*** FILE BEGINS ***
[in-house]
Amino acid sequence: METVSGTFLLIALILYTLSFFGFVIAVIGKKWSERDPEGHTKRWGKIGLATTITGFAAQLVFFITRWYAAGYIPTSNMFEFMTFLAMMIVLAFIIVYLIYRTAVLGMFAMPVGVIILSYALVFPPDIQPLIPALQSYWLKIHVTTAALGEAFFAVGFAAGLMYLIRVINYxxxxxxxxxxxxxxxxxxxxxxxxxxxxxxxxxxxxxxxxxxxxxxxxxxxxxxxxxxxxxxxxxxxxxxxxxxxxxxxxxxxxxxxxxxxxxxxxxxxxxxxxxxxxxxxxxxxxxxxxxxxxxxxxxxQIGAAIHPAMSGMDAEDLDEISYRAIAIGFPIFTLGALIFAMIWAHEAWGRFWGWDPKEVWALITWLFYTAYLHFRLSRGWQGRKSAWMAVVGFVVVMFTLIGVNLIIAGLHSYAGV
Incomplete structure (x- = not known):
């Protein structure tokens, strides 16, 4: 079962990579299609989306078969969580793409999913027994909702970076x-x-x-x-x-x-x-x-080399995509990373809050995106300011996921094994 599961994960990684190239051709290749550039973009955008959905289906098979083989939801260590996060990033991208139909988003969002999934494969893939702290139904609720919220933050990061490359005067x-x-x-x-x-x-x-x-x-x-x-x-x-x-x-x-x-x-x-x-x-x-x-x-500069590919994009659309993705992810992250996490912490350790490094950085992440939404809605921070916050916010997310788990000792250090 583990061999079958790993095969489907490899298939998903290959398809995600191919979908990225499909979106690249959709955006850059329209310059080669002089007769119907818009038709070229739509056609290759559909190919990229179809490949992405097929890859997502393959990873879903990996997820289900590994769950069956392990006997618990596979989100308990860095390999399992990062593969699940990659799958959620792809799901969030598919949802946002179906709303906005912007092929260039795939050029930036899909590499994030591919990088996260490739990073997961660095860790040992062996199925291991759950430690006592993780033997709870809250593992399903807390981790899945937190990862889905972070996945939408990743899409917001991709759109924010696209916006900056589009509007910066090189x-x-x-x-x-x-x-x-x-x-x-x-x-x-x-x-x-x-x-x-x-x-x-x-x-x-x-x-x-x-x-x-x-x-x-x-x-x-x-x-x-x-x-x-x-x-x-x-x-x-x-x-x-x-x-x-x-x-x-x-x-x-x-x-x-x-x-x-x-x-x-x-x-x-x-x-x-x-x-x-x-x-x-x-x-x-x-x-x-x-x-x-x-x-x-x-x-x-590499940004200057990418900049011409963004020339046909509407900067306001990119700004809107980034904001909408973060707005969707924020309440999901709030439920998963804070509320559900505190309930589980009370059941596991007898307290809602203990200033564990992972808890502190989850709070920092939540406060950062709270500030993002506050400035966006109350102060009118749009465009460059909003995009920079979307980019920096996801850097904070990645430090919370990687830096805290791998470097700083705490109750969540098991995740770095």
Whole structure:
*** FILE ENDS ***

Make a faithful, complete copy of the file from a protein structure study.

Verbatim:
[in-house]
Amino acid sequence: METVSGTFLLIALILYTLSFFGFVIAVIGKKWSERDPEGHTKRWGKIGLATTITGFAAQLVFFITRWYAAGYIPTSNMFEFMTFLAMMIVLAFIIVYLIYRTAVLGMFAMPVGVIILSYALVFPPDIQPLIPALQSYWLKIHVTTAALGEAFFAVGFAAGLMYLIRVINYxxxxxxxxxxxxxxxxxxxxxxxxxxxxxxxxxxxxxxxxxxxxxxxxxxxxxxxxxxxxxxxxxxxxxxxxxxxxxxxxxxxxxxxxxxxxxxxxxxxxxxxxxxxxxxxxxxxxxxxxxxxxxxxxxxQIGAAIHPAMSGMDAEDLDEISYRAIAIGFPIFTLGALIFAMIWAHEAWGRFWGWDPKEVWALITWLFYTAYLHFRLSRGWQGRKSAWMAVVGFVVVMFTLIGVNLIIAGLHSYAGV
Incomplete structure (x- = not known):
């Protein structure tokens, strides 16, 4: 079962990579299609989306078969969580793409999913027994909702970076x-x-x-x-x-x-x-x-080399995509990373809050995106300011996921094994 599961994960990684190239051709290749550039973009955008959905289906098979083989939801260590996060990033991208139909988003969002999934494969893939702290139904609720919220933050990061490359005067x-x-x-x-x-x-x-x-x-x-x-x-x-x-x-x-x-x-x-x-x-x-x-x-500069590919994009659309993705992810992250996490912490350790490094950085992440939404809605921070916050916010997310788990000792250090 583990061999079958790993095969489907490899298939998903290959398809995600191919979908990225499909979106690249959709955006850059329209310059080669002089007769119907818009038709070229739509056609290759559909190919990229179809490949992405097929890859997502393959990873879903990996997820289900590994769950069956392990006997618990596979989100308990860095390999399992990062593969699940990659799958959620792809799901969030598919949802946002179906709303906005912007092929260039795939050029930036899909590499994030591919990088996260490739990073997961660095860790040992062996199925291991759950430690006592993780033997709870809250593992399903807390981790899945937190990862889905972070996945939408990743899409917001991709759109924010696209916006900056589009509007910066090189x-x-x-x-x-x-x-x-x-x-x-x-x-x-x-x-x-x-x-x-x-x-x-x-x-x-x-x-x-x-x-x-x-x-x-x-x-x-x-x-x-x-x-x-x-x-x-x-x-x-x-x-x-x-x-x-x-x-x-x-x-x-x-x-x-x-x-x-x-x-x-x-x-x-x-x-x-x-x-x-x-x-x-x-x-x-x-x-x-x-x-x-x-x-x-x-x-x-590499940004200057990418900049011409963004020339046909509407900067306001990119700004809107980034904001909408973060707005969707924020309440999901709030439920998963804070509320559900505190309930589980009370059941596991007898307290809602203990200033564990992972808890502190989850709070920092939540406060950062709270500030993002506050400035966006109350102060009118749009465009460059909003995009920079979307980019920096996801850097904070990645430090919370990687830096805290791998470097700083705490109750969540098991995740770095």
Whole structure: